Deadly Ebola Virus May Mutate to Evade Drug Treatments

First Posted: Sep 11, 2015 11:38 AM EDT

The deadly Ebola virus may be a lot more dangerous than we once thought. It seems as if genetic mutations called "escape variants" in Ebola block the ability of antibody-based treatments to ward of infection.

The Ebola virus has claimed the lives of over 11,000 people in West Africa since last year. It overruns the immune system, overwhelming the host's ability to fight off the infection. One strategy for treatment is based on the administration of a "cocktail" of antibodies that have the ability to neutralize the virus and allow the host to mount an effective immune response.

One of these cocktails, known as MB-003, has managed to help nonhuman primates infected with the virus. Now, a more advanced formulation, ZMapp, is currently in development and authorized for use in the West African Ebola outbreak response.

Now, though, it seems as if Ebola may get around the new treatment. Researchers examined nonhuman primates that were given MB-003, but still succumbed to the infection. The scientists found two clusters of changes in the viral genome that corresponded with the viral target sites of two of the cocktail's antibodies.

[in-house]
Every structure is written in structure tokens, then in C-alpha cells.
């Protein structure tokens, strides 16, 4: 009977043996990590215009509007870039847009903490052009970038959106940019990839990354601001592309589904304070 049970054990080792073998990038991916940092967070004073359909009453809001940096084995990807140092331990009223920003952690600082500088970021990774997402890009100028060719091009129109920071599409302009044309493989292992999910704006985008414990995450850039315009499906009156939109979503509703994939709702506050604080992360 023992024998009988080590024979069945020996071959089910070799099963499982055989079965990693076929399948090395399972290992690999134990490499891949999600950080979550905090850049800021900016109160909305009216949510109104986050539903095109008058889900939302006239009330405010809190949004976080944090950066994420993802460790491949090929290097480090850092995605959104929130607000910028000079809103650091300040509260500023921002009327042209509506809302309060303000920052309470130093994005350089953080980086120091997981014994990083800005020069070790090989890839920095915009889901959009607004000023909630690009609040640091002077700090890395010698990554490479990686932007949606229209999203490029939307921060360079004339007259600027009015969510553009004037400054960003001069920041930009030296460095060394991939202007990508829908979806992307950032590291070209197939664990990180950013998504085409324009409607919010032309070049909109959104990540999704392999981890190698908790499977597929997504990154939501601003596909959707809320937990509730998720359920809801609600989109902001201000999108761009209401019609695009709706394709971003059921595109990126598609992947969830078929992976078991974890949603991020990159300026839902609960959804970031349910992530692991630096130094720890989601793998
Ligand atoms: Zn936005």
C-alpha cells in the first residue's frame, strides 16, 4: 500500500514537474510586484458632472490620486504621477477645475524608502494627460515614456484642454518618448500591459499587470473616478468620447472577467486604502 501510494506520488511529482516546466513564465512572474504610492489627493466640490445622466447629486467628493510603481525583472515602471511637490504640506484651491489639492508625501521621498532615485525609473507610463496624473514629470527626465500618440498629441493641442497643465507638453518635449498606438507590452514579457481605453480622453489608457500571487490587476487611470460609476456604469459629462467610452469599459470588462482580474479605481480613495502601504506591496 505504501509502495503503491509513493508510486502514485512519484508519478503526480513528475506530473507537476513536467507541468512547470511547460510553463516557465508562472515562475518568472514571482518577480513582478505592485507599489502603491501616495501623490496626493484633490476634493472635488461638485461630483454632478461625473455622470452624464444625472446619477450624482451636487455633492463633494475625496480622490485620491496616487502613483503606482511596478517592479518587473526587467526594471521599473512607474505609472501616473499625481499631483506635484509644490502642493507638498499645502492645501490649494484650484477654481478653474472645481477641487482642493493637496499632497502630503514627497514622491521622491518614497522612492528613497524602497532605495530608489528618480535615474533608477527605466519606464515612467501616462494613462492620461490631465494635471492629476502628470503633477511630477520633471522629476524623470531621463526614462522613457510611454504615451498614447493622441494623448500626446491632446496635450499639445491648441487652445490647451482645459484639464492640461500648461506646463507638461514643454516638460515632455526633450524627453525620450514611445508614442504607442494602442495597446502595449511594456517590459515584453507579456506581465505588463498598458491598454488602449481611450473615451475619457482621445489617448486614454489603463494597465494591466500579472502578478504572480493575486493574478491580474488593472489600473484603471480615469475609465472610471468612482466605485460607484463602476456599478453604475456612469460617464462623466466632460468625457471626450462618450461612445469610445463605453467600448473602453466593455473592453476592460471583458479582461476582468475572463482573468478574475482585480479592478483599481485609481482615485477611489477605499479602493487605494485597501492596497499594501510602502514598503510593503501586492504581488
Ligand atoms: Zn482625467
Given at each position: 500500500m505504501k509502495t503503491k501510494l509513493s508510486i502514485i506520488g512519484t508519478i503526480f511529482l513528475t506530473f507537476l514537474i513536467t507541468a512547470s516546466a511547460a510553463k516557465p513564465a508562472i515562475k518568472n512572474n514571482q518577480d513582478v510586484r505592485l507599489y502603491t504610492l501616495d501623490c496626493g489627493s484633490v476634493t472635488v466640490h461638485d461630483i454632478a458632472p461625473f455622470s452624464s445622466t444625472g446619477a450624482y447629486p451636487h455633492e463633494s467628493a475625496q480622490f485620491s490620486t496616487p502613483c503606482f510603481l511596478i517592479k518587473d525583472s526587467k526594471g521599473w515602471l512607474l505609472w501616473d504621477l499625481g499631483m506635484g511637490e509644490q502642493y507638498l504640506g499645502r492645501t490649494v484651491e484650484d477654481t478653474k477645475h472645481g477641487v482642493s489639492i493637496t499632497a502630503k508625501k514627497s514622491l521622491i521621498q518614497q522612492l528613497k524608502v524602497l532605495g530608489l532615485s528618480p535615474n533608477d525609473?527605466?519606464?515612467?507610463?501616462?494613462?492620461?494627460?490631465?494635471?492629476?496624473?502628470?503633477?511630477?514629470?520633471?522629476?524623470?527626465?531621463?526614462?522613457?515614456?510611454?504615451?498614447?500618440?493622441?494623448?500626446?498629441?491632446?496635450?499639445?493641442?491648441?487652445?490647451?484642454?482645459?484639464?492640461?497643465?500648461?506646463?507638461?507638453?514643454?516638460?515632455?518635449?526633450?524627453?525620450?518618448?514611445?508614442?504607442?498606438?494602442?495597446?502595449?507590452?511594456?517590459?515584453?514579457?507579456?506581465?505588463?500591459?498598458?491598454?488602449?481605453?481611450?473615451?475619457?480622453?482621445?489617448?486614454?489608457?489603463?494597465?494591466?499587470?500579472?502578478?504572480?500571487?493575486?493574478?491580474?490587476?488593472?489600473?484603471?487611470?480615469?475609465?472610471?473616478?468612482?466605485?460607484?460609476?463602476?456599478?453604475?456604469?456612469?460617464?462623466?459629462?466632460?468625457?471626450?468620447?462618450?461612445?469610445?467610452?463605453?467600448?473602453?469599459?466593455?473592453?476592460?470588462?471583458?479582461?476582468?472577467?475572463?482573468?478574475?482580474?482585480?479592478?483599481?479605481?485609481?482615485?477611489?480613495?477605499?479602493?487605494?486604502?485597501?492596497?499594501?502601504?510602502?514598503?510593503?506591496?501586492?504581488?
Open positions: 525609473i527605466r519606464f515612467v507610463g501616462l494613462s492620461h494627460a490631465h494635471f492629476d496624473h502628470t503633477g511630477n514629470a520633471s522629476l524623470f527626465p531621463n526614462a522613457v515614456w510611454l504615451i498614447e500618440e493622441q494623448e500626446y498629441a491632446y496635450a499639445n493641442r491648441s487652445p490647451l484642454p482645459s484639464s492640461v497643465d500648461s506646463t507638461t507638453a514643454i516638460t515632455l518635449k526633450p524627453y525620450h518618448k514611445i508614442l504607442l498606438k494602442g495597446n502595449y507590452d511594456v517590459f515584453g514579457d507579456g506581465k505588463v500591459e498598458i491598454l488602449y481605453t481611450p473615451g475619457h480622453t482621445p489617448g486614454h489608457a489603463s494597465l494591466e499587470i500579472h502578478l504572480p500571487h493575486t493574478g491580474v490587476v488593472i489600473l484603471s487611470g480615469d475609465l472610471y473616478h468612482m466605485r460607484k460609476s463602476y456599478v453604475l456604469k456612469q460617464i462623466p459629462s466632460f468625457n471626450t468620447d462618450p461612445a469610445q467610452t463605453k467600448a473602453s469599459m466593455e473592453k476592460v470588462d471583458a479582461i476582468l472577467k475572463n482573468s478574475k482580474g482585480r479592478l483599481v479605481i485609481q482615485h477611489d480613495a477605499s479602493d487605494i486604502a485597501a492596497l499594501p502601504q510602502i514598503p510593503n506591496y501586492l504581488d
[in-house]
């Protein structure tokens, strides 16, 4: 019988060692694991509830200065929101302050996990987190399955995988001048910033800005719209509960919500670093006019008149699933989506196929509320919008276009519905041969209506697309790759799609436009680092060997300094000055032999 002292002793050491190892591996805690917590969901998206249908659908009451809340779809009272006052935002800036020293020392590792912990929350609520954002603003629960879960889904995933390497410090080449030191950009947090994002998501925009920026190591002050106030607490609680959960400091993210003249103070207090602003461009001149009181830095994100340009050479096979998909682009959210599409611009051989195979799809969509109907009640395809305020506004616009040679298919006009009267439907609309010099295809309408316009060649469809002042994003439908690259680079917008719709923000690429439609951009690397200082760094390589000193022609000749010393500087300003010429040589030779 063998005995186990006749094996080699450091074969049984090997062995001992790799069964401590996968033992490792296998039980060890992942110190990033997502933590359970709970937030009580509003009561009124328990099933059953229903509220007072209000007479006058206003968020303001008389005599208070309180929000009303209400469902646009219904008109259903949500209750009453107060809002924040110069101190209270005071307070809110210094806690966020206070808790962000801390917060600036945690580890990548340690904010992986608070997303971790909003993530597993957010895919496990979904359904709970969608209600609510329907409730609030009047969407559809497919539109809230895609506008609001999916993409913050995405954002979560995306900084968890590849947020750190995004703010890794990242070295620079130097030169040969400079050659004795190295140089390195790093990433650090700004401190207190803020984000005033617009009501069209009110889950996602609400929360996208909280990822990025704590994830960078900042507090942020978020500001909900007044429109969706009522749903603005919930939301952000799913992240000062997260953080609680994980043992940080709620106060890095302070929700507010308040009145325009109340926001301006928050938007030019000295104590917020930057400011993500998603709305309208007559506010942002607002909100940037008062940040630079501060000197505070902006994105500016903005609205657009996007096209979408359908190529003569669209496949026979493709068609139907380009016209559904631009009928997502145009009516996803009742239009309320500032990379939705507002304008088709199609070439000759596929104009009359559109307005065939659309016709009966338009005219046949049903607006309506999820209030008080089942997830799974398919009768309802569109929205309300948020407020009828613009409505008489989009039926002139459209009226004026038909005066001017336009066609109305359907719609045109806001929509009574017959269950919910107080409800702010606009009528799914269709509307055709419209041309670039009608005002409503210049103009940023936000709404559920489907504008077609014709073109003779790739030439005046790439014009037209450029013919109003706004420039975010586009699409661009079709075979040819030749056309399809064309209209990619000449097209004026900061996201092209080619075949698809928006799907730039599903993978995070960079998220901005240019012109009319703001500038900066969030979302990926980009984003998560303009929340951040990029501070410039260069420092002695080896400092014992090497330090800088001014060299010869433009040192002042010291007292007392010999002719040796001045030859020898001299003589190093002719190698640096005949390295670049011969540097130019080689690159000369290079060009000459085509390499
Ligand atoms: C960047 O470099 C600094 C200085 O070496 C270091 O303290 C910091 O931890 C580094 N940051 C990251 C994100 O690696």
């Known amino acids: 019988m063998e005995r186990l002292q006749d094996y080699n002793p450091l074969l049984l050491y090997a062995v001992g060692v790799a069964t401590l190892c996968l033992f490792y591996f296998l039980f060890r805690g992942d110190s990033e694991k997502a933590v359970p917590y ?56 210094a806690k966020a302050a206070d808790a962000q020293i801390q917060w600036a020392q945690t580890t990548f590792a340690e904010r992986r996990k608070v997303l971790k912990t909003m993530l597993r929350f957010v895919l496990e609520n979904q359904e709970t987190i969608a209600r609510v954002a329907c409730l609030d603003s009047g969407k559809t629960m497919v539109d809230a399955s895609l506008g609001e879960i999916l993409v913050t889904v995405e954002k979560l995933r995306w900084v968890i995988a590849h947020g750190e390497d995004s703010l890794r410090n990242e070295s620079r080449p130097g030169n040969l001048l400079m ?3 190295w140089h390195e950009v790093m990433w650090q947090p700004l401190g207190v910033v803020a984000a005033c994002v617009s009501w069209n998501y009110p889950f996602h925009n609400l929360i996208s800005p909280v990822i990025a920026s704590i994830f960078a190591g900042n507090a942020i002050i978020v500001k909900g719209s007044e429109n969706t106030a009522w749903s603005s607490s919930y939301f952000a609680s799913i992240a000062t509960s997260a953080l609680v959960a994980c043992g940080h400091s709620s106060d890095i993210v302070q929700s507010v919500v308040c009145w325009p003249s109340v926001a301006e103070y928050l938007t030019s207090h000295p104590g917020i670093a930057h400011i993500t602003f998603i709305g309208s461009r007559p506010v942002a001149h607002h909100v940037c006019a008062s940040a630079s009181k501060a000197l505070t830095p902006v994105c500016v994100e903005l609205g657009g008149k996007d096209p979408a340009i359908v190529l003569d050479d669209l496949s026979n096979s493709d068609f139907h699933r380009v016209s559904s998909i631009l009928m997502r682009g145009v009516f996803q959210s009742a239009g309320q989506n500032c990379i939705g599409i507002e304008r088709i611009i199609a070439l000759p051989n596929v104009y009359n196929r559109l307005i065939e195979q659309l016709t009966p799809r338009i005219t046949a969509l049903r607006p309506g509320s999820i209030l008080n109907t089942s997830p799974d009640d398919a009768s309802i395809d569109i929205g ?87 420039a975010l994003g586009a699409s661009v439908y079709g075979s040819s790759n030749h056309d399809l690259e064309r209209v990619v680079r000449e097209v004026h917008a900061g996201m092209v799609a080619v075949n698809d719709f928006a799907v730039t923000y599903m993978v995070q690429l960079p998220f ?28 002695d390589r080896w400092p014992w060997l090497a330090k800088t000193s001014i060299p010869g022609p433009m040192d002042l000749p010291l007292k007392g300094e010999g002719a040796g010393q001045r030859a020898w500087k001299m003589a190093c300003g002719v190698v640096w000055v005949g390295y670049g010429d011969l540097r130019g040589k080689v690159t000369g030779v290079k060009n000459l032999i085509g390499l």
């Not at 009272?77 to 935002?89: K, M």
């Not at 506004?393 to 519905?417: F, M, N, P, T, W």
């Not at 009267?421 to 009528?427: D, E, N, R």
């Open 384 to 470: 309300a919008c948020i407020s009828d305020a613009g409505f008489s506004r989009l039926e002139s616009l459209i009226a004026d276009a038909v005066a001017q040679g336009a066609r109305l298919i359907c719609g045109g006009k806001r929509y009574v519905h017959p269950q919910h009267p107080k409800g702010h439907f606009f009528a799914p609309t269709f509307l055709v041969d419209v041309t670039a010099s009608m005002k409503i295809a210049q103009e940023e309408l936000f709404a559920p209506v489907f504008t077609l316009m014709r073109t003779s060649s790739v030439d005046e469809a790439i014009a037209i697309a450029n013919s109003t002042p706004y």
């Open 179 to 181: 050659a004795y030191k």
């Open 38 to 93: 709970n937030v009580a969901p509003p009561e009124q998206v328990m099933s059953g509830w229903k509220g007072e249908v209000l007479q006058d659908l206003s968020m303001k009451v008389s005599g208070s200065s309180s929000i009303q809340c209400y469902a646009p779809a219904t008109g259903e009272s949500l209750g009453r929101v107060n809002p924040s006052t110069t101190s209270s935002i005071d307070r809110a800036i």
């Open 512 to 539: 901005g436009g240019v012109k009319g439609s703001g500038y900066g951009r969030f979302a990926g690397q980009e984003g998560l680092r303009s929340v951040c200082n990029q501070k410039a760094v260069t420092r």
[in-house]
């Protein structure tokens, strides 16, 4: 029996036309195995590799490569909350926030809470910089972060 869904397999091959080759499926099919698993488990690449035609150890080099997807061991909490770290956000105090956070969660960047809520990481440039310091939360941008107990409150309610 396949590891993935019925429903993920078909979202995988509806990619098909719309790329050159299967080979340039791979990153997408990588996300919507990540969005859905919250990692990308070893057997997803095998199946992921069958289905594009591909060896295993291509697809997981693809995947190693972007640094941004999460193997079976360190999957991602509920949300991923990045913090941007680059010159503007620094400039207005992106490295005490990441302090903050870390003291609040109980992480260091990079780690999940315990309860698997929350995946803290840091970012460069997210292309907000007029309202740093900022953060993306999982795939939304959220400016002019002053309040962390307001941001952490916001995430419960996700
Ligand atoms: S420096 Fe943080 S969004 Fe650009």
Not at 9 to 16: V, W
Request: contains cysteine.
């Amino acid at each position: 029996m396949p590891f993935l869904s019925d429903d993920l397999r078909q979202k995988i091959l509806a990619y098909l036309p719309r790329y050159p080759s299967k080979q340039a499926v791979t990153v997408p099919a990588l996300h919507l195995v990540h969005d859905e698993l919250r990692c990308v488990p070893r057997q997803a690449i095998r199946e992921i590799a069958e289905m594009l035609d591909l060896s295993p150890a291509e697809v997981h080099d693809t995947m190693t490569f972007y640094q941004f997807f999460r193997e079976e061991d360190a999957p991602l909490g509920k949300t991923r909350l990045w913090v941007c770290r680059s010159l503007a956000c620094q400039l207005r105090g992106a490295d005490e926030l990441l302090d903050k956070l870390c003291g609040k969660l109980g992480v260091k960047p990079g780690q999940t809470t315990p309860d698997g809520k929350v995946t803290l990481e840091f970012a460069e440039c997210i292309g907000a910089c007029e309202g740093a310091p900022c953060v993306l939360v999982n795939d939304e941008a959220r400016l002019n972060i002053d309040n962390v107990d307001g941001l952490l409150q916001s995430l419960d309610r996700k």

"The molecular analysis allowed us to see where the cocktails were inducing changes in the genome, and to link those changes to the treatment failure," said Jeffrey Kugelman, co-author of the new study, in a news release. "When this rescued virus was sequenced, we observed that the clusters of changes had progressed from affecting a small portion of the viral population to becoming mutations-permanent changes in the genome-without disrupting any major viral functions, including the ability to cause infection."

The new findings show that researchers will need to keep up to date when it comes to designing treatments for Ebola. In addition, they highlight the importance of selecting different target domains for each component of the therapeutic cocktail to minimize the potential for viral escape.

The findings are published in the journal Cell Reports.

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